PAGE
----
The next group session was at 3 o’clock which lasted an hour on a good day. Dinner was at 5:30 and from six to eight was more television before an 8 o’clock session that was never really therapy but an excuse to give us a snack and maybe some loosely constructive banter. I tried to go to bed as soon after I got my new evening medication as I could. I got my last meds around 10:30. Lights out at a private hospital is around 10 o’clock. And it exists. I think many of the other patients went to bed when they felt like it which is nice if you want to stay up and watch Once Upon a Time in Mexico on TNT, not so much if you haven’t had quality sleep in 3–4 days (two weeks if you want to argue about the quality of sleep you get from drinking yourself there).

There’s still work to be done in a psych ward at night. Room checks to make sure everyone is still breathing and hasn’t tried to off them self. Not at this one but at most. I had my blood pressure taken and was given more ativan at 2AM on the first night. Detox patients got this special treatment so they didn’t seize up in the night and swallow their tongue or wake up in opiate agony.

I don’t want to unfairly put upon the staff here or seem like I’m championing the private healthcare and employer sponsored insurance system, I’m not. Letting these patients have some kind of free reign probably keeps them happy enough that they don’t organize a coup against the limited staff. And the staff was limited. Filling more than one role seemed common. I thought one social worker was a well dressed maintenance worker because he was carrying a screwdriver and seemed to be changing a fluorescent light bulb in the ceiling. I know one guy worked a sixteen hour shift once. He also fell asleep a lot in one of those big chairs while he was supposed to be monitoring the unit from the floor of it.

Not to say that the staff were terribly good at their jobs or took them seriously. Many seemed to be young nursing students just out of the local college. There was the floor attendant who routinely slept while he was supposed to be monitoring the unit for people hanging them selves with sheets. One of the two social workers I met shook like a leaf during the group therapy sessions he held which were not terribly productive as he seemed to cobble them together from whatever superficial lessons in college had prepared him for this job. One of his sessions involved playing the “Hokey Pokey” and “Electric Slide”. I don’t know what he was getting at but I wasn’t paying attention. The other social worker and the charge nurse were the two best employees there but I only saw them a handful of times. The nursing staff and even the program director used cell phones frequently, and an iPad on one occasion, to amuse each other. One night at evening meds, I asked one of them how they could take pictures in there when I saw them laughing at a video of someone behind the nursing station. “Oh, we’re not taking pictures,” I was told. I guess a video isn’t technically a picture. Privacy was given lip service there on paper but the staff could use recording equipment. The staff wouldn’t confirm your presence there to anyone on the phone without a patient identification number that was provided in a packet during intake. Indirect confirmation in an iPad video was acceptable.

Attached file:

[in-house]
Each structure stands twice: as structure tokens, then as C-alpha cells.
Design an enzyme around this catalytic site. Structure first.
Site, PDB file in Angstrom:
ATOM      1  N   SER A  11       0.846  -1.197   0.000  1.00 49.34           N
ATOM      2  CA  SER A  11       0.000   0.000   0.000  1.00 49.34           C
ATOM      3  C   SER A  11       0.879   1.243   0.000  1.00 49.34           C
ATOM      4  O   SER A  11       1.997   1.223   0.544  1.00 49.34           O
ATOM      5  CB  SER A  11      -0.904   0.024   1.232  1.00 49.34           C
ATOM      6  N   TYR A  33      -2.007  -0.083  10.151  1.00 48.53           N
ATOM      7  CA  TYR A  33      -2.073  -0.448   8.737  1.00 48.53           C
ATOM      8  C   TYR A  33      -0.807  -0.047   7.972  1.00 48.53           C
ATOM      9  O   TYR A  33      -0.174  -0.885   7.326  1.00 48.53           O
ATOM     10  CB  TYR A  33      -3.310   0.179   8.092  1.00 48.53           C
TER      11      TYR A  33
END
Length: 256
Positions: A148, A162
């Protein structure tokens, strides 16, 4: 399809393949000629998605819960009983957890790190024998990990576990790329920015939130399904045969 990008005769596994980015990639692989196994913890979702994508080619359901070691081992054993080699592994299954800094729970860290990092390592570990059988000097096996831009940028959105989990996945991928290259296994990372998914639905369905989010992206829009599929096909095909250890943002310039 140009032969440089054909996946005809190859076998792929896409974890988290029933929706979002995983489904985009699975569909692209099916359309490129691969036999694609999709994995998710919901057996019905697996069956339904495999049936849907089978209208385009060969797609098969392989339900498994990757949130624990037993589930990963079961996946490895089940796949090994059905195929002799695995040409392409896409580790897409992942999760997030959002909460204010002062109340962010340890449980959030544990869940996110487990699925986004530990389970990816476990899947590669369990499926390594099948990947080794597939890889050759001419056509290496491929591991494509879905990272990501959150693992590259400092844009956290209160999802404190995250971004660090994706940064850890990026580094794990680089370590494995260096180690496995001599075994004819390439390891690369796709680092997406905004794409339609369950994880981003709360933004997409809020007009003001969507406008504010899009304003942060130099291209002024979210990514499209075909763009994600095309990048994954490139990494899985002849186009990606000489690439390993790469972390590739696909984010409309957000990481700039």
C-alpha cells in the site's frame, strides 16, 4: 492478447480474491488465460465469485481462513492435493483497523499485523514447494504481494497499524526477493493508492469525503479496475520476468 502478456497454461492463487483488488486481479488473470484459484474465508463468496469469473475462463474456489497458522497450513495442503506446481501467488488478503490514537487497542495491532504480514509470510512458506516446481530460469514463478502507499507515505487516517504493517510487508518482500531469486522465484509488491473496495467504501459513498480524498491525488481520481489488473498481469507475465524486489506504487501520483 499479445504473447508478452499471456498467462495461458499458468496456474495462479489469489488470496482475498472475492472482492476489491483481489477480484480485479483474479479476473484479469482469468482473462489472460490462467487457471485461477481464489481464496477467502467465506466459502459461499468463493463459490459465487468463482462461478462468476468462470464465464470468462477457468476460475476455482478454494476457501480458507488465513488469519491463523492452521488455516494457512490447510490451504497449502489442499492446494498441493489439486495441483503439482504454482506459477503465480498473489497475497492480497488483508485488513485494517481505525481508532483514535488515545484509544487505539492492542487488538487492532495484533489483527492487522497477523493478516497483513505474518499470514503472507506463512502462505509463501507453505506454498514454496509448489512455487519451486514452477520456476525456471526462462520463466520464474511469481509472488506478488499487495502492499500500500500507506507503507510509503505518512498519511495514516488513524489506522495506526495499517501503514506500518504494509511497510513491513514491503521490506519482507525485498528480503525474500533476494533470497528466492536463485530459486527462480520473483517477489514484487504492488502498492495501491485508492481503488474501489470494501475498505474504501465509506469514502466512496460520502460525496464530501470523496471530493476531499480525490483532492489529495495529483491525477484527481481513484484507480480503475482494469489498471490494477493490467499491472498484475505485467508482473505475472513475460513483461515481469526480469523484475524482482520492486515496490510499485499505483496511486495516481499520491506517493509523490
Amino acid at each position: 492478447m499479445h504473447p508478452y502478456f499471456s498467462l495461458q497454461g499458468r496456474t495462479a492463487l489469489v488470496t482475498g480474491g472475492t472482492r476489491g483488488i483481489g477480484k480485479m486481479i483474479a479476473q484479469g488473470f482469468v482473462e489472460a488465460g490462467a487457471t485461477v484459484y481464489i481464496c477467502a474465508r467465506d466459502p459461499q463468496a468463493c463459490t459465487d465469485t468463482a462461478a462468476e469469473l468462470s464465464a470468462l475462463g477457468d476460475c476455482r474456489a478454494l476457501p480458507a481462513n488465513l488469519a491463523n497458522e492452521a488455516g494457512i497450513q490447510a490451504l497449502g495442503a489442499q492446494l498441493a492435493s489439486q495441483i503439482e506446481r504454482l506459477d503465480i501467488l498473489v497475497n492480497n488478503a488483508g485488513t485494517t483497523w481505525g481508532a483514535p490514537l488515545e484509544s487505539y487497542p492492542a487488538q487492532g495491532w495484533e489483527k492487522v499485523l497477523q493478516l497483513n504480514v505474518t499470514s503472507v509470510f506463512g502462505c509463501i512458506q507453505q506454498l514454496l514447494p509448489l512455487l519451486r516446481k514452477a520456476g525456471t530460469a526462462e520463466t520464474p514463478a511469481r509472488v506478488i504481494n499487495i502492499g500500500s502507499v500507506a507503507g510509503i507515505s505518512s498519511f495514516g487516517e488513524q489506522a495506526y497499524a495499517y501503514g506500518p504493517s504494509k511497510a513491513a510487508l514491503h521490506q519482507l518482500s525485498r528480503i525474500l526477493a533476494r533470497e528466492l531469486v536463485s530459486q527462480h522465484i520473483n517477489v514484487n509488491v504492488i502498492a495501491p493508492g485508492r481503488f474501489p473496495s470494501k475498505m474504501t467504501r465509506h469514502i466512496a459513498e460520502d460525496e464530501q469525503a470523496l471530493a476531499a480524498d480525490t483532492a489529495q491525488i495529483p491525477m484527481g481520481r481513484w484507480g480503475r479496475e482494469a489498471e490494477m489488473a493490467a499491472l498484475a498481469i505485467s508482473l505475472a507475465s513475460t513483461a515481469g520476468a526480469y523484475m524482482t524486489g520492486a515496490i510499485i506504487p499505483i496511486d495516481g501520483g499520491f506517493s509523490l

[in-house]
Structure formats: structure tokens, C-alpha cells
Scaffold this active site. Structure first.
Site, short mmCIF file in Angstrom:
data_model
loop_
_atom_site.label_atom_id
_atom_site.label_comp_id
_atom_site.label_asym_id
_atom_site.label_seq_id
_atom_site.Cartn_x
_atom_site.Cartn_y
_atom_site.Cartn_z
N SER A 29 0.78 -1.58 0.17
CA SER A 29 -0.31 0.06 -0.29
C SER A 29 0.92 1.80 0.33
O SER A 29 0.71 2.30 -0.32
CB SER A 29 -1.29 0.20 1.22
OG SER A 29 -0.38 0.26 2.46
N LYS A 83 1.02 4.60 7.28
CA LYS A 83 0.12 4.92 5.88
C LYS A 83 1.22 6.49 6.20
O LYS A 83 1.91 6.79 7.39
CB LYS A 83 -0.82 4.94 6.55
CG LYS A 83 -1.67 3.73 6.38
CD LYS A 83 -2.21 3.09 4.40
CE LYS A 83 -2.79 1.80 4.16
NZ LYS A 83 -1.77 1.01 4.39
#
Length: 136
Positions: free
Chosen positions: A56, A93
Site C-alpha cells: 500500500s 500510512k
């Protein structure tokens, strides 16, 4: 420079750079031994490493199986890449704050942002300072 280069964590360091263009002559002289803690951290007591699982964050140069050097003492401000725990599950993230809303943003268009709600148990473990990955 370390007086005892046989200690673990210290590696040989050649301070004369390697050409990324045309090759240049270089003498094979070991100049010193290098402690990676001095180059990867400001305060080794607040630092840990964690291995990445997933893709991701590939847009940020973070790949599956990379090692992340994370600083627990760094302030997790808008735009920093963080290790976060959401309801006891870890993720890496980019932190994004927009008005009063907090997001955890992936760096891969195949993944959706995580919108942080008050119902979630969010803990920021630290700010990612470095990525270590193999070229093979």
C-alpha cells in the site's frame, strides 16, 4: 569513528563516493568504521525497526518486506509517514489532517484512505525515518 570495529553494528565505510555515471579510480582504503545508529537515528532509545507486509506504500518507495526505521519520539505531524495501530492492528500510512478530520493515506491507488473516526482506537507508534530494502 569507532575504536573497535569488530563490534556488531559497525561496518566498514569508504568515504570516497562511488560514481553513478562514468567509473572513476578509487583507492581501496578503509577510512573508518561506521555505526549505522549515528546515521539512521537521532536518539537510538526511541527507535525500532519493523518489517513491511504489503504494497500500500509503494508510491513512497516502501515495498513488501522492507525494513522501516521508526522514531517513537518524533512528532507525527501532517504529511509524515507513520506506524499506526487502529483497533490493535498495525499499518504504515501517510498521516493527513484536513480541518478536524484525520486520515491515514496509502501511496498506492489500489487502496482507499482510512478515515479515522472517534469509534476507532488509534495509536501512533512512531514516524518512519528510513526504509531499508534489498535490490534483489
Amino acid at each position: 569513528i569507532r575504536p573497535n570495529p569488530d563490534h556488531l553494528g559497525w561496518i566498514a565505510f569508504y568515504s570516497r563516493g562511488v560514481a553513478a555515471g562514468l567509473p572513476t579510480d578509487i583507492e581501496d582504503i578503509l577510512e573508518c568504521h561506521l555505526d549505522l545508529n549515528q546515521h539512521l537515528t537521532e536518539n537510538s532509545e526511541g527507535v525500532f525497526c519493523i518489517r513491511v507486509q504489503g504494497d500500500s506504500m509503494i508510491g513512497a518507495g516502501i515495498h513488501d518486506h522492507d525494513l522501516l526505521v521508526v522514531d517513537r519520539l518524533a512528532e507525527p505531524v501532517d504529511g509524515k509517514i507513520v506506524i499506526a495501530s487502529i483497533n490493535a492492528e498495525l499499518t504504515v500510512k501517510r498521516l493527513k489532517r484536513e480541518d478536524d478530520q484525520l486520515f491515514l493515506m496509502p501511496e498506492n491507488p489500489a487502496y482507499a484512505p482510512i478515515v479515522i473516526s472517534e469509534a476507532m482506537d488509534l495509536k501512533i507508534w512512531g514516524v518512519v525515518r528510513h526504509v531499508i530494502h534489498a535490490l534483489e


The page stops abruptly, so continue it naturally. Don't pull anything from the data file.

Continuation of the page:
The patients ranged from the poor with no insurance to a woman living in her car and the outright homeless. One guy who was my roommate towards the end shot up with a mixture of meth and opiates so large that he was placed there as a suicide threat instead of a detox case like I was because the medical professionals were convinced no one would try that unless they wanted to die. The problems were drugs, depression, both and even outright violent paranoid psychosis. All peppered together in a little mixture of the unfortunate, those who society would rather not deal with and those who were forgotten except for the state compulsion not to let them die. Set in front of the Crisis Intervention Television to wile away the days until the doctor felt safe releasing them and the staff found them a place to stay. No one was released onto the streets.

Men and women mixed together, which seems like an invitation for a rape investigation. There was a seemingly platonic heterosexual couple who cuddled on the couch during movies. I heard it had been worse in the past (lots of repeat tenants at this place). Not the set of Caligula or anything but I guess that goes back the staff giving some freedom in exchange for a side table not being thrown at them. Strictness varied among the staff. One of them said lascivious incursions into bedrooms were not tolerated, although I don’t know what the punishment would be seeing as how being thrown out was more or less what everyone wanted.